Article 7.4. Outdoor Lighting
Dark skies regulations. Make sure there is no light trespass on adjacent
properties. This is in current ordinance but not enforced.  Same with noise ordinance. Enforcement is a source of frustration.

Sec. 8.1.3. Neighborhood Access
Connectivity is an issue sometimes. DOT Policies call for it, but sometimes cul
de sacs protect neighborhoods from traffic impacts from nearby institutions and businesses. Lack of connectivity is not ALWAYS a bad thing.

Chapter 11. Administration
We could not find in the UDO the need to have the majority (51%) of property owners in an area being considered for rezoning to signoff on the rezoning. Where is that?  Has that been eliminated?  What has replaced it?  Are rezonings going to be able to happen without the majority of property owners being in agreement?

Sec. 11.1.5. Appearance Commission
SCALE urges the City to look at ways to work with utility companies to find ways to that more overhead utilities can be retroactively buried, both for safety issues in weather events and for aesthetics.

 Article 4.5. Manufactured Home Park (R-MP)
SCALE urges the City to pass a local ordinance to retroactively mandate that mobile home park owners provide a concrete block or subground structure where residents could quickly gather when weather disasters are imminent.

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Institutional Impacts on Residential Neighborhoods:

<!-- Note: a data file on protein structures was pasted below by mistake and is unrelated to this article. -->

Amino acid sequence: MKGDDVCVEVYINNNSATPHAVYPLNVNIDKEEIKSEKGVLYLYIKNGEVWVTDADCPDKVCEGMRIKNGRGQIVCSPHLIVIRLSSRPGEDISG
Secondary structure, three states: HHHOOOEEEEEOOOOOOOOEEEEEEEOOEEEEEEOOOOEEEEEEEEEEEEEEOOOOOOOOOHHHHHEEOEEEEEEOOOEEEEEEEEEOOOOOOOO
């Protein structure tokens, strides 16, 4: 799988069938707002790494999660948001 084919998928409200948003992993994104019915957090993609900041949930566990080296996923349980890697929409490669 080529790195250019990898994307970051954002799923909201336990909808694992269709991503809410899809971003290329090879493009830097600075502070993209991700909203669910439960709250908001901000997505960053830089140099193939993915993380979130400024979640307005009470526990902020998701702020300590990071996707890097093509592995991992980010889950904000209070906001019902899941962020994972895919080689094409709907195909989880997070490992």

In order to protect the livability and tax base of neighborhoods, the City needs to address how it will treat different sizes of institutions and what will be the allowed uses. In other words, how do you treat the different sizes and the varying uses of, for example, a church that may have a sanctuary, gym, day school, Sunday School, child care, and other programs vs. a smaller church that has only a sanctuary and Sunday School. One size does not fit all.

These are links to the activities of Community SCALE of Raleigh during 2007 and 2008 as we worked with individual neighborhood initiatives. Most of these links are dated before the release of the Comprehensive Plan and the Raleigh Uniform Development Ordinance by the Raleigh Planning Department. 

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These links issue from our old website, and may not still be active.